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IntelliGrid Architecture

The IntelliGrid Project (previously known as the IECSA Project) was sponsored by the Electric Power Research Institute (EPRI). The project had two objectives:

Power System Functions Strategic Vision Tactical Approach Standards, Technologies, and Best Practices Recommendations for CEOs, CIOs, and Engineers

1) The identification of current and future Power System Functions thus determining the Business Needs of power system operations requirements for the power system of today and in the future, including self-healing grid concepts. These power system functions were the drivers for the development of the IntelliGrid Architecture.

2) The development of the IntelliGrid Architecture which used these power system functional, configuration, and performance requirements as the basis for the information requirements necessary to support the envisioned power system of the future, building toward a Strategic Vision, using a Tactical Approach based on IntelliGrid Environments and technology independent techniques, based on Standard Technologies and Best Practices.

In addition, Guidelines and Recommendations are focused on the different users of the IntelliGrid Architecture so that they can understand the concepts presented by the IntelliGrid Architecture, utilize the methodology for developing projects, assess the identified standards and technologies for applicability to their projects, and thus use the IntelliGrid Architecture effectively to pursue their goals.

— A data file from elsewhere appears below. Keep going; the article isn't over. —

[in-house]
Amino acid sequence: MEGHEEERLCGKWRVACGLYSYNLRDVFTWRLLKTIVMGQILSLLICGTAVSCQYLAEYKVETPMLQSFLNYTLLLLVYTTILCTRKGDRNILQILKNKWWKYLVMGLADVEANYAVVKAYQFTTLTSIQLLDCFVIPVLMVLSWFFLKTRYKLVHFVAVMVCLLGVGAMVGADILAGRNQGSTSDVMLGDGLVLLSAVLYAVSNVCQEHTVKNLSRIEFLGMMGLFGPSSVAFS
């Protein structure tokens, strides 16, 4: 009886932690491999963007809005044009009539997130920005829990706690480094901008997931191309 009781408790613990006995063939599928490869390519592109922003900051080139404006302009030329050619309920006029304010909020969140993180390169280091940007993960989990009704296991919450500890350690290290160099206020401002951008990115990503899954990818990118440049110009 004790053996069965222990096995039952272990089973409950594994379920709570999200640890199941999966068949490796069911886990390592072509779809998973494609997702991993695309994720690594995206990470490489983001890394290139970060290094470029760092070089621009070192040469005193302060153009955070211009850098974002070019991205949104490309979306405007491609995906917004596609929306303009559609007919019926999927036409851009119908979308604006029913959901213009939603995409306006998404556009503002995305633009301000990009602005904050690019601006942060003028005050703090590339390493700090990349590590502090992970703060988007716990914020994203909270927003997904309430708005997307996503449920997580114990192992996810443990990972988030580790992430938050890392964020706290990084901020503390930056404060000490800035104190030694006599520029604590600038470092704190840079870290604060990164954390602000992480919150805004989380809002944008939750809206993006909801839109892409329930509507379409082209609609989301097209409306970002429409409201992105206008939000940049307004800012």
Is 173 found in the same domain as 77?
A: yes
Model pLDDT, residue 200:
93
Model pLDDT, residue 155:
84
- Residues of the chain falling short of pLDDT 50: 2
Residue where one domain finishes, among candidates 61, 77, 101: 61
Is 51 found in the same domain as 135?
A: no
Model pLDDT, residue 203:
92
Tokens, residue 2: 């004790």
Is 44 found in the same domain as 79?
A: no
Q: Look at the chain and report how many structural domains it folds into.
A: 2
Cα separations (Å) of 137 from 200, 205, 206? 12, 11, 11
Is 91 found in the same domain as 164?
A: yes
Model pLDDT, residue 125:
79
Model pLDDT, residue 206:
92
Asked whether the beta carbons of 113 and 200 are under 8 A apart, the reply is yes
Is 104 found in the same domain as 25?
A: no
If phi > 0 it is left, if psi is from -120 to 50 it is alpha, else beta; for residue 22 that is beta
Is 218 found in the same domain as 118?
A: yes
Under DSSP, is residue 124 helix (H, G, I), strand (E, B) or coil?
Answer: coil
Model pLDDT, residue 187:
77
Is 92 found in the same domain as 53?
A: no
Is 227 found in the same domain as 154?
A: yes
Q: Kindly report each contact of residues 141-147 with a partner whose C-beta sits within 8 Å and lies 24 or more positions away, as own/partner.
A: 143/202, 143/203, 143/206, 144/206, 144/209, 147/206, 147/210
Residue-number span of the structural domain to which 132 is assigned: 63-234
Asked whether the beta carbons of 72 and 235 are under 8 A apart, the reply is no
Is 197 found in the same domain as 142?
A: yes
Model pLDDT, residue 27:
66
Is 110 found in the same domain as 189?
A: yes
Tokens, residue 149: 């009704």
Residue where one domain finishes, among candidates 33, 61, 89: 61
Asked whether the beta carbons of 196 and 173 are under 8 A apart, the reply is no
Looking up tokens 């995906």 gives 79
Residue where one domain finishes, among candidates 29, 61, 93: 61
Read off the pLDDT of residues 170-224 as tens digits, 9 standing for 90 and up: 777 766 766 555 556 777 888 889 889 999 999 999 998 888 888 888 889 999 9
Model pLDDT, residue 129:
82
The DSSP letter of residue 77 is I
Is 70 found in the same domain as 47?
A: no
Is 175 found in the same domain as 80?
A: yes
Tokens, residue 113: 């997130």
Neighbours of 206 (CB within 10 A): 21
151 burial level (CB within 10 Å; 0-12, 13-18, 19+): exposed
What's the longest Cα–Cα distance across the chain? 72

These two objectives reflect the concept that the future energy system is really an architected blend of two infrastructures: an energy delivery infrastructure and a supporting information infrastructure.   Progress is necessary within both of these infrastructures to effectively create the envisioned future energy system. 

IntelliGrid Architecture Project Team

The IntelliGrid Architecture Project was developed by a large team of experts. The IntelliGrid Project was managed by General Electric, with major contributions from Utility Consulting International (UCI), SISCO, Lucent, EnerNex, Hypertek, and many Stakeholders. As seen in the figure, the process involved two types of experts: the power system function experts and the architecture experts:

1.      Power System Function Experts. Described existing and future functions related to power system operations which rely on exchanging information across distributed systems. These functions were captured in narratives by power system experts and analyzed through the use of Unified Modeling Language (UML) Use Cases. Each function was deconstructed into a series of steps; each of the steps were then linked to an IntelliGrid Environment that best captured the information requirements (configuration, quality of service, security, and data management) for that step.

2.      IntelliGrid Architecture Experts. Developed the IntelliGrid Architecture based on the information requirements of the power system functions, and linked the IntelliGrid Environments to the recommended state-of-the-art standards and best practices.

Figure 1: Two Primary Purposes of the IntelliGrid Project: Descriptions of Existing and Future Power System Functions and the IntelliGrid Architecture

Power System Functions IntelliGrid Environments Strategic Vision Standards, Technologies, and Best Practices



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IntelliGrid Architecture
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